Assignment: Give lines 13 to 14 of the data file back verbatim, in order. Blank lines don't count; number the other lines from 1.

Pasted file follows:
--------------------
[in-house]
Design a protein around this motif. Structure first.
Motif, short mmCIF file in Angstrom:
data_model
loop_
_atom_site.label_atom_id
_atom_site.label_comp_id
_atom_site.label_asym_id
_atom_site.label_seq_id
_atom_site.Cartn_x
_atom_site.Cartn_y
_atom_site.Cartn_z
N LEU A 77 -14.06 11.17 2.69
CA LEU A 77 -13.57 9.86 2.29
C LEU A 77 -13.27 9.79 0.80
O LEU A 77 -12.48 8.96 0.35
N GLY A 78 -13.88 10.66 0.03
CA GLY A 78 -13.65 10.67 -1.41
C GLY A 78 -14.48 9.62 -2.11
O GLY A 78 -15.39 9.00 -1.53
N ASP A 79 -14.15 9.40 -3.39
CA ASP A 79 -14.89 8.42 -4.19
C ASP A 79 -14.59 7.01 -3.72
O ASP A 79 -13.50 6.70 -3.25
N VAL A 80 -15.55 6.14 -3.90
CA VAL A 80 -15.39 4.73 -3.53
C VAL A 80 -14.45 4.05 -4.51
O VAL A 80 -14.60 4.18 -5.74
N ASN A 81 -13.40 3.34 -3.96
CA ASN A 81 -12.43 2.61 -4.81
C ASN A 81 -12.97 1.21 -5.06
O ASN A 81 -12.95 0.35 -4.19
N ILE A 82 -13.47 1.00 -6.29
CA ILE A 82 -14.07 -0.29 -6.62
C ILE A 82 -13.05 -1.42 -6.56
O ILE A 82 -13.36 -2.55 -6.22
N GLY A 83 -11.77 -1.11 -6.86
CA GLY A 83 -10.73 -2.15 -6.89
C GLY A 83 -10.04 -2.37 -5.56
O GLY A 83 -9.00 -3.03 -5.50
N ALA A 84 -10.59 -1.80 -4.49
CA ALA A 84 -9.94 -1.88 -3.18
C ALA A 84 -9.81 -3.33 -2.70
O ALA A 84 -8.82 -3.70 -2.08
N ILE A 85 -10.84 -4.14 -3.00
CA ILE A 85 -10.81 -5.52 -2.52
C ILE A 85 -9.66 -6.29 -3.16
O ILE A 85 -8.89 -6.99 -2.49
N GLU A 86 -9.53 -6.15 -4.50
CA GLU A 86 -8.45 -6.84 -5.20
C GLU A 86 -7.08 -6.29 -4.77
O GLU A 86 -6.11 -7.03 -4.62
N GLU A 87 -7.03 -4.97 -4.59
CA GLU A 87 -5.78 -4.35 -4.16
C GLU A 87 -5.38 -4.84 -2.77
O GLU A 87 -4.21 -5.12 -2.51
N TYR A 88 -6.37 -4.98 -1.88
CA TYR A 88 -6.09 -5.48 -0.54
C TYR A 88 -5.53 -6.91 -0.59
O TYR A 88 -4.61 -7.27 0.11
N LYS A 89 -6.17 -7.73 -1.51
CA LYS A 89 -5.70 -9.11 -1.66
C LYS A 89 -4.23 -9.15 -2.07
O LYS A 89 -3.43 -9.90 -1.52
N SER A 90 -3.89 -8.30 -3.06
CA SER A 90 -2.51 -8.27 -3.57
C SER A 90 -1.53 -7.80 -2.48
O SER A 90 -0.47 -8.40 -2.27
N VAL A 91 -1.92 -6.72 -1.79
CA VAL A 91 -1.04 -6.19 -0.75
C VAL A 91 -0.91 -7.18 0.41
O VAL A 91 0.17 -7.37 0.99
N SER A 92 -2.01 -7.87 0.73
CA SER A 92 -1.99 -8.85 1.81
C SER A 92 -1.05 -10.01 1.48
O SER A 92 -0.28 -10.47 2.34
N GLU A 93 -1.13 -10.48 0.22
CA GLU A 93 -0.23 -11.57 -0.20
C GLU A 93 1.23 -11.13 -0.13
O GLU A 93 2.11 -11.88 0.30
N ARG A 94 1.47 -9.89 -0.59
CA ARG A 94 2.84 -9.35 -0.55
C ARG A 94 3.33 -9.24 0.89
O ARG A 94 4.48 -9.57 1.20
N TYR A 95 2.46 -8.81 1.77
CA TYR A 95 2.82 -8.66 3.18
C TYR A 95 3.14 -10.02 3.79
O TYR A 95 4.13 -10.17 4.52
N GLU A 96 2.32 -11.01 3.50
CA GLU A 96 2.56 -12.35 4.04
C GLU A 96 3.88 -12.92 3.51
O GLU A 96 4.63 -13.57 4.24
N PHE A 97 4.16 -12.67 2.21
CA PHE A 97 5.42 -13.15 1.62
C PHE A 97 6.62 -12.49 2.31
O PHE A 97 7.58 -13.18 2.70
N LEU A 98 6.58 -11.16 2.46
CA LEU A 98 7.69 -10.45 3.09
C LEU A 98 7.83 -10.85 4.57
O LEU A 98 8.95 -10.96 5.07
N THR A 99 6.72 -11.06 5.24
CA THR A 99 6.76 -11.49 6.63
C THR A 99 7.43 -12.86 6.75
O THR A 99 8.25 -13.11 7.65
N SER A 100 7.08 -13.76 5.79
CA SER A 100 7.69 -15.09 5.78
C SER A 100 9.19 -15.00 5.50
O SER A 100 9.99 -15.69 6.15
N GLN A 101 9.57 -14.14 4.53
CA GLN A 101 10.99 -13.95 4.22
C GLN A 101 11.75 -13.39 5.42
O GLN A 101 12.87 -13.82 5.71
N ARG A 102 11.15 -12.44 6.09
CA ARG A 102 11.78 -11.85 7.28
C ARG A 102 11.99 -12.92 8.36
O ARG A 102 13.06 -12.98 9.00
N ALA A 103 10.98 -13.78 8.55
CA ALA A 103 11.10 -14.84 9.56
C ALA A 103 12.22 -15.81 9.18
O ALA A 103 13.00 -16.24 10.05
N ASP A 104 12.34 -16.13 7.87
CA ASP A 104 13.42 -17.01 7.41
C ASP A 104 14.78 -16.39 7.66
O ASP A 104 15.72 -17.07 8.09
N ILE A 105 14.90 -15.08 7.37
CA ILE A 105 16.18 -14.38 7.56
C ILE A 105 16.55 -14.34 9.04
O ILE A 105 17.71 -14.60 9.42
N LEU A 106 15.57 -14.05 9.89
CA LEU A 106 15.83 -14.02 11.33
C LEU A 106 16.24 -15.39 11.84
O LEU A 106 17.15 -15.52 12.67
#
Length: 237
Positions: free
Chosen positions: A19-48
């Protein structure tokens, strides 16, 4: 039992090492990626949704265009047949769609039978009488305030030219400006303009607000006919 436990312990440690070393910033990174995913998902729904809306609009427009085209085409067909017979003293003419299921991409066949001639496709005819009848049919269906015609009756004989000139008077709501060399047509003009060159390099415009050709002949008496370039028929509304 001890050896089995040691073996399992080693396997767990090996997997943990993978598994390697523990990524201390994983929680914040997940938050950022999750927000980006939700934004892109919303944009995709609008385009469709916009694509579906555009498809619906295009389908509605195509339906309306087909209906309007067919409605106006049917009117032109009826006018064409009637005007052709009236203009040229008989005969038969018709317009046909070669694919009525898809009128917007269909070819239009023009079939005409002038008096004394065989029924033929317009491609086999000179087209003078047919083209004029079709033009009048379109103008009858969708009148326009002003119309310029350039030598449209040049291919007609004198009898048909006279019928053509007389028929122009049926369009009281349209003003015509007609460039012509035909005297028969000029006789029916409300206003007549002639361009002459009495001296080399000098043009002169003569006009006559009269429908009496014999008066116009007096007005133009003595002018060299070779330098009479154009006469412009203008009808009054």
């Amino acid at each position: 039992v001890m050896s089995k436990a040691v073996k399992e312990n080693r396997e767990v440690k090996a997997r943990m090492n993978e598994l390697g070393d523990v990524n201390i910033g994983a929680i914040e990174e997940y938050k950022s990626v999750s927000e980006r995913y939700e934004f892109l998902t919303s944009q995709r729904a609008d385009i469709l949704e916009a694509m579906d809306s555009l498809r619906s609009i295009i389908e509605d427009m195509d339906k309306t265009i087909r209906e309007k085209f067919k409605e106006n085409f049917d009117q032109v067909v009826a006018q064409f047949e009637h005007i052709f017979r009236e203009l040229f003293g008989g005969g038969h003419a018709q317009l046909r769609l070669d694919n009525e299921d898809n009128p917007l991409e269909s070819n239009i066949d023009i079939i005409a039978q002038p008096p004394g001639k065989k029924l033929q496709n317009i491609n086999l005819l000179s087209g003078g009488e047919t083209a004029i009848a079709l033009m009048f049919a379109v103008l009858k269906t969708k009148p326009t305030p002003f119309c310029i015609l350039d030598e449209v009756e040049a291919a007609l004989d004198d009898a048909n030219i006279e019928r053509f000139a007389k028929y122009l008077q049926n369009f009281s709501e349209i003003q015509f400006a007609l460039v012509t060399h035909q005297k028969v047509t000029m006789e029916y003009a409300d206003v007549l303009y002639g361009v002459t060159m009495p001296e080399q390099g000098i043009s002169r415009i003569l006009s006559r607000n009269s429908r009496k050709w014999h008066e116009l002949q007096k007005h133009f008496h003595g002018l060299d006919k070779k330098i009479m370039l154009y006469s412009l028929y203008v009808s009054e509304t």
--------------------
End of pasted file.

N LEU A 77 -14.06 11.17 2.69
CA LEU A 77 -13.57 9.86 2.29